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New York
State Library News


For the People, the Government and the Libraries of New York State
Winter 2004

LEGISLATORS: ASK US ANYTIME

You can now get help with your questions from the State Library even when we're not open. Chat with a librarian on the Internet between 5:00 p.m. and 9:00 a.m., Monday through Friday, and all day on weekends and holidays. Just visit us at http://www.nysl.nysed.gov and click on "Ask a Librarian". Of course, we'll still be available during our normal business hours by telephone, e-mail, or at the Library Service Point in the Legislative Office Building.

GOVERNOR'S BUDGET AND LIBRARIES

The Governor's 2004/2005 Executive Budget again proposes moving the State Library out of the Education Department to a yet to be created public benefit corporation. In addition, the Budget contains a 5 percent reduction in statewide library aid. The State Library and other units of the Office of Cultural Education continue to be funded by surcharges on fees for filing documents with county clerks instead of through traditional State Budget allocations. The Governor also again proposes replacing the 16-member Board of Regents elected by the Legislature with 18 Regents, 12 appointed by the Governor and the rest by the Legislature.

The Friends continue their rigorous campaign to keep the Library and its programs with the State Education Department and restore cuts.

LIBRARY LEADERS PLOT STRATEGY FOR ACTION

[The print version contained a photo of State Librarian Janet M. Welch, consultant Richard M. Dougherty, and Interim Research Library Director Mary Redmond meeting to discuss plans for the State Library.]

An imaginative strategic plan for the future of the State Library is evolving under the leadership of State Librarian Janet M. Welch. Building on the State Library's excellent collections and staff expertise, as well as its outstanding information technology, the plan will define priorities and create a clear course of action to uphold the State Library's longstanding eminence as the flagship of the nation's state libraries.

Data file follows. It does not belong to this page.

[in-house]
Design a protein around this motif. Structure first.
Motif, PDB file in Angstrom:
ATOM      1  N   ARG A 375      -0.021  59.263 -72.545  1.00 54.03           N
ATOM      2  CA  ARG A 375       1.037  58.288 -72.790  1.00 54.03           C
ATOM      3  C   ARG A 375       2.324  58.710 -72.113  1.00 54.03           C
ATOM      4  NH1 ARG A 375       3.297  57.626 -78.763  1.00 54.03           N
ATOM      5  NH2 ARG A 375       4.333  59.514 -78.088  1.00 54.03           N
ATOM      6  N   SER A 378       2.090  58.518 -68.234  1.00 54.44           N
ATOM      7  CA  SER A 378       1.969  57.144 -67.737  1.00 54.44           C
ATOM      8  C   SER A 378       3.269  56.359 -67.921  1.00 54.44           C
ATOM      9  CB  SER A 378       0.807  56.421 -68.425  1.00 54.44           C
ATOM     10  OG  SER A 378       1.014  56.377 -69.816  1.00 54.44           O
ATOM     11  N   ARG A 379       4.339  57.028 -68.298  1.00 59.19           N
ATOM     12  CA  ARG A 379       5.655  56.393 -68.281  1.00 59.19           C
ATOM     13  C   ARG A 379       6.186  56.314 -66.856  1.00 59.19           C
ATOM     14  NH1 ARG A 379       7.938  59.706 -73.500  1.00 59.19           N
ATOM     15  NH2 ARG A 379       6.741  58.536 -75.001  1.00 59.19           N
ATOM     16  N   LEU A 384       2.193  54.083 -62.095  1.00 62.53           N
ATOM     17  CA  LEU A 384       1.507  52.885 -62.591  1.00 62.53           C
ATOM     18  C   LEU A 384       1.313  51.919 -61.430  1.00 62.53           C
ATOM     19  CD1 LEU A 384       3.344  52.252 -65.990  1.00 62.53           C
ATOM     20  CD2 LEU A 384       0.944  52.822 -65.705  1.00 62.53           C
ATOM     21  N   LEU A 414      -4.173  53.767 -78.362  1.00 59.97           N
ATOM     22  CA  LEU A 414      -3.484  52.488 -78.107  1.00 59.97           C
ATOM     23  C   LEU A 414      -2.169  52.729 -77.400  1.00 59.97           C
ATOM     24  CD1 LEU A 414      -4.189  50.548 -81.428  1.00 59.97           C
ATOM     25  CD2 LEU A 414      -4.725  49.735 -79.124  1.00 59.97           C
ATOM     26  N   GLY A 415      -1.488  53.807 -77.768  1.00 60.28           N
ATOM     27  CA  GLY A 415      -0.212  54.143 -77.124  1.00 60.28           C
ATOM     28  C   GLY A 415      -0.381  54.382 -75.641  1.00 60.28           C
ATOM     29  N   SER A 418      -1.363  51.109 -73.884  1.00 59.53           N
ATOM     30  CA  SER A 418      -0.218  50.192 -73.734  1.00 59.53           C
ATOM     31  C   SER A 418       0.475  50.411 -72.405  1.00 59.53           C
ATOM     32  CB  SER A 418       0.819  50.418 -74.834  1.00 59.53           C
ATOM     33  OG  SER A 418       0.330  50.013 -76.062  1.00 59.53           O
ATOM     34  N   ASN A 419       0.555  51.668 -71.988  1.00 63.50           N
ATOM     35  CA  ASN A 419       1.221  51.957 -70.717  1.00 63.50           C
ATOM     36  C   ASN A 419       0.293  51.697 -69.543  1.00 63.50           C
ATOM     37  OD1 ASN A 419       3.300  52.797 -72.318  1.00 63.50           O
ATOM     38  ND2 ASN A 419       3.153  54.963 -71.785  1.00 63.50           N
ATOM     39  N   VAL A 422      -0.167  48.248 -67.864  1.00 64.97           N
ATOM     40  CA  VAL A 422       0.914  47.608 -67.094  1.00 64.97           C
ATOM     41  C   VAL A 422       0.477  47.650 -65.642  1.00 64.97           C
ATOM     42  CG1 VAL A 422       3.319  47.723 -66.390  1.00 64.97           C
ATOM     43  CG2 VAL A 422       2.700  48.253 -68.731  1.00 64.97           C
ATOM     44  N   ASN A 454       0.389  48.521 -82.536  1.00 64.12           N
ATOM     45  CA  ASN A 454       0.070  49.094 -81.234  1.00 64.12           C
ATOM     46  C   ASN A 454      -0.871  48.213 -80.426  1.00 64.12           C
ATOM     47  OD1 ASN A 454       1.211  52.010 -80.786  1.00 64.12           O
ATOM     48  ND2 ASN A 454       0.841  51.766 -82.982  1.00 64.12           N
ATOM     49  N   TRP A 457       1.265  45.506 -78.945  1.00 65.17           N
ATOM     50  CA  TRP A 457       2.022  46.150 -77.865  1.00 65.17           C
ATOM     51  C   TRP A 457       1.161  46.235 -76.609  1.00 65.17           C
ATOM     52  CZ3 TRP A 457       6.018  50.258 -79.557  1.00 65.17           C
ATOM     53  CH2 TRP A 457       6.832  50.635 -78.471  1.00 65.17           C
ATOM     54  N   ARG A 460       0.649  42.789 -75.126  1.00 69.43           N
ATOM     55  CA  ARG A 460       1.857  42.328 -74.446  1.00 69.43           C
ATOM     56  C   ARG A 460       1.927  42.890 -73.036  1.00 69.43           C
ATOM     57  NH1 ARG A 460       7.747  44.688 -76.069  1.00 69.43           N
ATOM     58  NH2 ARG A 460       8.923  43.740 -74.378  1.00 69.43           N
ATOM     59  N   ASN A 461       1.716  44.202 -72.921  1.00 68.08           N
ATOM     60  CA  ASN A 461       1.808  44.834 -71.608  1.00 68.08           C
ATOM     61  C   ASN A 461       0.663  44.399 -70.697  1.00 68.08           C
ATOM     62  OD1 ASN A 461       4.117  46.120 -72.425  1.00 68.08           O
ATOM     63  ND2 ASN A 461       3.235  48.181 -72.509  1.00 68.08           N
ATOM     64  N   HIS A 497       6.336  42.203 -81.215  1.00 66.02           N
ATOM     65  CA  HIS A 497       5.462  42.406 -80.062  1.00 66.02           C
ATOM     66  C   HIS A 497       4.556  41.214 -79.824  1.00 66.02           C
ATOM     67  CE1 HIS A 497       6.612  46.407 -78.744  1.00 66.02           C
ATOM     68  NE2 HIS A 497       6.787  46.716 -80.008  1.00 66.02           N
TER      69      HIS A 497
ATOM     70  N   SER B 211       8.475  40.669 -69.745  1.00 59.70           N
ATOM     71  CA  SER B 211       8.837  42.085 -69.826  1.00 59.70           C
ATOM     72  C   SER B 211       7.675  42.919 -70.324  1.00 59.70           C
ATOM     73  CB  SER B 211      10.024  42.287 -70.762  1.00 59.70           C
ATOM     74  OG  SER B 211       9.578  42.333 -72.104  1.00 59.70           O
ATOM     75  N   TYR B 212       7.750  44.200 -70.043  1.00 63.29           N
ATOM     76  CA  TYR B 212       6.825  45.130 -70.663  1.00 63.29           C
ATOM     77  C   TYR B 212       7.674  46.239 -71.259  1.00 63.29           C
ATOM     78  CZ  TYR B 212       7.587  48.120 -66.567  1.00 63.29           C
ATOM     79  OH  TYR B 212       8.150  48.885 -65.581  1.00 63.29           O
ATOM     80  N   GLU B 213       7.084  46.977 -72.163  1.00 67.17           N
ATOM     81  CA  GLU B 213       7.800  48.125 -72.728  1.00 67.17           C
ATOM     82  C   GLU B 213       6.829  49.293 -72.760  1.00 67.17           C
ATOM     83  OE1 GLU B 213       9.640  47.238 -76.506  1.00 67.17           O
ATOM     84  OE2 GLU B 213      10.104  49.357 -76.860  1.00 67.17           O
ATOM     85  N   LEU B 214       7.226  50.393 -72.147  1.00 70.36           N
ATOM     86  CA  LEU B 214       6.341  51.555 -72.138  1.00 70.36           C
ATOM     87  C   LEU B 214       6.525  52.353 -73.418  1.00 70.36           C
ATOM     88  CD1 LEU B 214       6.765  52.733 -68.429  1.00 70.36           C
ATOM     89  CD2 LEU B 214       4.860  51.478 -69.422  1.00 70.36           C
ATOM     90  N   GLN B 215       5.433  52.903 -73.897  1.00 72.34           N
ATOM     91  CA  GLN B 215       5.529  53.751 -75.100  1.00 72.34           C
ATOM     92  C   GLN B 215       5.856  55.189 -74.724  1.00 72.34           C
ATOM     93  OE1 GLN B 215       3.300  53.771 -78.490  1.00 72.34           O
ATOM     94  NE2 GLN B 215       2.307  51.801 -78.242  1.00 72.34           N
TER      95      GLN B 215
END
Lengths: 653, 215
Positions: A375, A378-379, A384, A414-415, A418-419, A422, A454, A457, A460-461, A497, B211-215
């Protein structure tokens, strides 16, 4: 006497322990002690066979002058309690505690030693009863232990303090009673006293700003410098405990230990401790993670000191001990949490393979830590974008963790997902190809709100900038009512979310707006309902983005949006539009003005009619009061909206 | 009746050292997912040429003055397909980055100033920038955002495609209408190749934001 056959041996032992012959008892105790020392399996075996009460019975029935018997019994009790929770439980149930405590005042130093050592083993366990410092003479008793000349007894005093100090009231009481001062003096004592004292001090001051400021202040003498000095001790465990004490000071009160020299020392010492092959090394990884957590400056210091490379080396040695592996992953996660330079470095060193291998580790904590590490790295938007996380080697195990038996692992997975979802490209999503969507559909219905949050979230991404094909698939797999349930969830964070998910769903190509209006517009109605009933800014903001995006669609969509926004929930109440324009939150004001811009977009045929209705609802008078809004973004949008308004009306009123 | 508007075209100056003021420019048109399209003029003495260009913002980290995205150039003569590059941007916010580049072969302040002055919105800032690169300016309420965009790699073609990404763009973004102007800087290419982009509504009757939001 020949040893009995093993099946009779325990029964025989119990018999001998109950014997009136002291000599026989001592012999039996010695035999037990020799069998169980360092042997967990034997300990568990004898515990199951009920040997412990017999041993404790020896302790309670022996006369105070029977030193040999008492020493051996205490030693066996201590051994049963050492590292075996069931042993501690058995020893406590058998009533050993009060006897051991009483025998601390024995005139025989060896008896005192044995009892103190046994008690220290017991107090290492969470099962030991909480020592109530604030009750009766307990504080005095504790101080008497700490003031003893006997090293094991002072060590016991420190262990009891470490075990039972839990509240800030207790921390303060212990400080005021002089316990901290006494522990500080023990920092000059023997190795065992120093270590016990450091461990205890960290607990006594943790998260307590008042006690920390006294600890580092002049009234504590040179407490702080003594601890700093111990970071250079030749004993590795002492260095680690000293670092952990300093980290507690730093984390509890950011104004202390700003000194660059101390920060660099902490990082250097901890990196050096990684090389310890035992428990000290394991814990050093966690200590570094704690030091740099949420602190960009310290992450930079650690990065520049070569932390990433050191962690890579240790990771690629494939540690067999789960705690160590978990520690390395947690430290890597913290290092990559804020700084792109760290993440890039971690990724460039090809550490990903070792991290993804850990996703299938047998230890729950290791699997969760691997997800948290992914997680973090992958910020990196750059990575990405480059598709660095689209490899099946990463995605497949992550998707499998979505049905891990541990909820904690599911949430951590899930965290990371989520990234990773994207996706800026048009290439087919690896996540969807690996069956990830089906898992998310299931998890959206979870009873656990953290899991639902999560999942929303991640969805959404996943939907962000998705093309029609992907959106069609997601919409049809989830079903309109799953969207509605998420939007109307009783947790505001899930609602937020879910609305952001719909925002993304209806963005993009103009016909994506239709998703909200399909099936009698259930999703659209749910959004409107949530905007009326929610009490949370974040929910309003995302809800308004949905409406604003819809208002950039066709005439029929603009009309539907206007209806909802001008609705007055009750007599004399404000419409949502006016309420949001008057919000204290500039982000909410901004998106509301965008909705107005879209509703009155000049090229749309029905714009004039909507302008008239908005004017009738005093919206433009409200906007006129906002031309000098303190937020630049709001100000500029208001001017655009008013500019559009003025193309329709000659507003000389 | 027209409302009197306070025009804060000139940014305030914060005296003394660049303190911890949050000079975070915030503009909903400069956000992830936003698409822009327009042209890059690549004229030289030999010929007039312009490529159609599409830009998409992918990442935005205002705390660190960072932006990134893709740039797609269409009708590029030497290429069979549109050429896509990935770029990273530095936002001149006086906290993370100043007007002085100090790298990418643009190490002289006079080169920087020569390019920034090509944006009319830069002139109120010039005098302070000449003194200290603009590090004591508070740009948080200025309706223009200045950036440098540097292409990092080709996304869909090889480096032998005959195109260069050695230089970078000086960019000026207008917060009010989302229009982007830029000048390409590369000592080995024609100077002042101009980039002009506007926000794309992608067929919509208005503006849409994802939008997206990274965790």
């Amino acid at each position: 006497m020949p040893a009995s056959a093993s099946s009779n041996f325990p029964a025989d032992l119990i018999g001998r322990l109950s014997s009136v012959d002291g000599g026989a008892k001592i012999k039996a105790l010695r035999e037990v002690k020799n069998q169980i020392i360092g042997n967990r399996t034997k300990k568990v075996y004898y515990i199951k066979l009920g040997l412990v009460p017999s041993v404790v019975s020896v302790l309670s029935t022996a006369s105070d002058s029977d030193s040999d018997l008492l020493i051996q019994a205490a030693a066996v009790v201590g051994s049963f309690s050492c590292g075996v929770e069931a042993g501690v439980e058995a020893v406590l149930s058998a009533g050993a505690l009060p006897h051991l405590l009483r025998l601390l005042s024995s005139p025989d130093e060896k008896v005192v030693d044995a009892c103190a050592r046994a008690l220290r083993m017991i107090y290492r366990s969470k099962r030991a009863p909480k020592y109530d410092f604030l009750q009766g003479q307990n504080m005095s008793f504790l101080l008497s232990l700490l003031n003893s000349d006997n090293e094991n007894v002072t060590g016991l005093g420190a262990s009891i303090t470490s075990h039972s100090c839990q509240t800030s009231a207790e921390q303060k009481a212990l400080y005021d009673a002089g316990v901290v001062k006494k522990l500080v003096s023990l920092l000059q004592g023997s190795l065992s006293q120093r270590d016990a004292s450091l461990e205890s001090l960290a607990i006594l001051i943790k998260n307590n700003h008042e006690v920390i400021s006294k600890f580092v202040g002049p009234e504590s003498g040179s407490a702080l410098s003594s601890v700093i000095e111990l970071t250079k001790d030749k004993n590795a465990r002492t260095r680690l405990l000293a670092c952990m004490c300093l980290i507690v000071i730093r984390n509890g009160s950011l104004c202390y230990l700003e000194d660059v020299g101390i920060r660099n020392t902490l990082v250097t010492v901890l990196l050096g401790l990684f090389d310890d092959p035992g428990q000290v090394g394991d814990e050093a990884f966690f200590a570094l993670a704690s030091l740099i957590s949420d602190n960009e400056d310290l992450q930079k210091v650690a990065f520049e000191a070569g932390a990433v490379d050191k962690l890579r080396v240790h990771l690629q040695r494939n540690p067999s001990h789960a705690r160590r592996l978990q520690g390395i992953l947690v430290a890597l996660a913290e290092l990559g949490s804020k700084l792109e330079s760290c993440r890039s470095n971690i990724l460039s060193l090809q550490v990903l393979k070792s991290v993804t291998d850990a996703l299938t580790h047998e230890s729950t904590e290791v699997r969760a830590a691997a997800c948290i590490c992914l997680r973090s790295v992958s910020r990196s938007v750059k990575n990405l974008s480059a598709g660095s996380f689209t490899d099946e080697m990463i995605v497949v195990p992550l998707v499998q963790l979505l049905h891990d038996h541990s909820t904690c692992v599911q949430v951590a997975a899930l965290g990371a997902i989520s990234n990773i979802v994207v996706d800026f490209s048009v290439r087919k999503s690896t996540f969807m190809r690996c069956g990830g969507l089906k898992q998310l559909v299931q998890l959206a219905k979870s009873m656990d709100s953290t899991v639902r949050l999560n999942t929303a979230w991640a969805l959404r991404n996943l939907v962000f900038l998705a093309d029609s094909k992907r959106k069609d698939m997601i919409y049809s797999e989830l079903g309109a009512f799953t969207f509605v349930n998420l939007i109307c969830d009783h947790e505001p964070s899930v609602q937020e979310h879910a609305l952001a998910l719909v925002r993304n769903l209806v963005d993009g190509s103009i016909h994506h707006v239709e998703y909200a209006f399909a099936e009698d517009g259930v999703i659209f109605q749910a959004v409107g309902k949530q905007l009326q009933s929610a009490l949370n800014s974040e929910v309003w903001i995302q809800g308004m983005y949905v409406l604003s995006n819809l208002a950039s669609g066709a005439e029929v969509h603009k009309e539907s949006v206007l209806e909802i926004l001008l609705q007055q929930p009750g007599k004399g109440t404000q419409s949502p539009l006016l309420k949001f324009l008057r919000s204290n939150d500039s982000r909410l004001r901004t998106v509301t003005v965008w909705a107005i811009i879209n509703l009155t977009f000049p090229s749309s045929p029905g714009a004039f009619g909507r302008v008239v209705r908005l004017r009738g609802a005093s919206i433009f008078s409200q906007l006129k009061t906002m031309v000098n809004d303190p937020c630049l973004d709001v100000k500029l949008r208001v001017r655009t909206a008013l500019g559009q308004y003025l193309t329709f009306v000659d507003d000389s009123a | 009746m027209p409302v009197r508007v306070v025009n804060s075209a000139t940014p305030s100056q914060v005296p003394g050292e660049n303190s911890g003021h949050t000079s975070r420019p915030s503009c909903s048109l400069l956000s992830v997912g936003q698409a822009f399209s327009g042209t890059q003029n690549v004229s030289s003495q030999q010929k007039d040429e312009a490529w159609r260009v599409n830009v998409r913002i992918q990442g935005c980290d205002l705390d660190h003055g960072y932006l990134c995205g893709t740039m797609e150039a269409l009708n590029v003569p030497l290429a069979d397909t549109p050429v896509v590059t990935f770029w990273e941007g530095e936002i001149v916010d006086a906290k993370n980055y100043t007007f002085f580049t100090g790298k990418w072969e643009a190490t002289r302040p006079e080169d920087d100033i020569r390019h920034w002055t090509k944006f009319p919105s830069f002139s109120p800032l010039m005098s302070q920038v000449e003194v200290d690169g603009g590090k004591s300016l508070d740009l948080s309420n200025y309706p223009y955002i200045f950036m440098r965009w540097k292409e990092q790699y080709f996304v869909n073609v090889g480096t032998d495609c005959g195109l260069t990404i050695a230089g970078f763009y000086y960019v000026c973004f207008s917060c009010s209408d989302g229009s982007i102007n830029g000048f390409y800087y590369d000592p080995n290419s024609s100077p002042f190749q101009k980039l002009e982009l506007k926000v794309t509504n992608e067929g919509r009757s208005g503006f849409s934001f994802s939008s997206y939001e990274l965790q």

The planning process involves a consultant, an advisory group of national research library leaders, key partners in New York's library community and other organizations, in addition to State Library customers and staff.

Richard M. Dougherty, the consultant working with the State Library, is former director of university libraries at Michigan and Berkeley. He was recently profiled in "Change Masters All-A Series on Librarians Who Steered a Clear Course toward the Twenty-first Century" in the fall 2003 issue of Library Administration and Management.

UNCERTAIN FUTURE FOR ESSENTIAL NOVEL DATABASES

If the State of New York does not allocate funds for NOVEL databases, some of them might have to be eliminated in 2005. Databases at risk include health, business, newspapers, general information, literature, information for K-12 students, and resources in Spanish. NOVEL databases are currently paid for by federal funds, which are appropriated annually on the basis of population. New York State's share of the national population is decreasing and unless New York allocates funds, databases essential to a good education and for success in business might have to be cut.

Library supporters in front of the State Capitol
Library supporters rally at the State Capitol during a 2003 demonstration. Photo: Courtesy of New York Library Association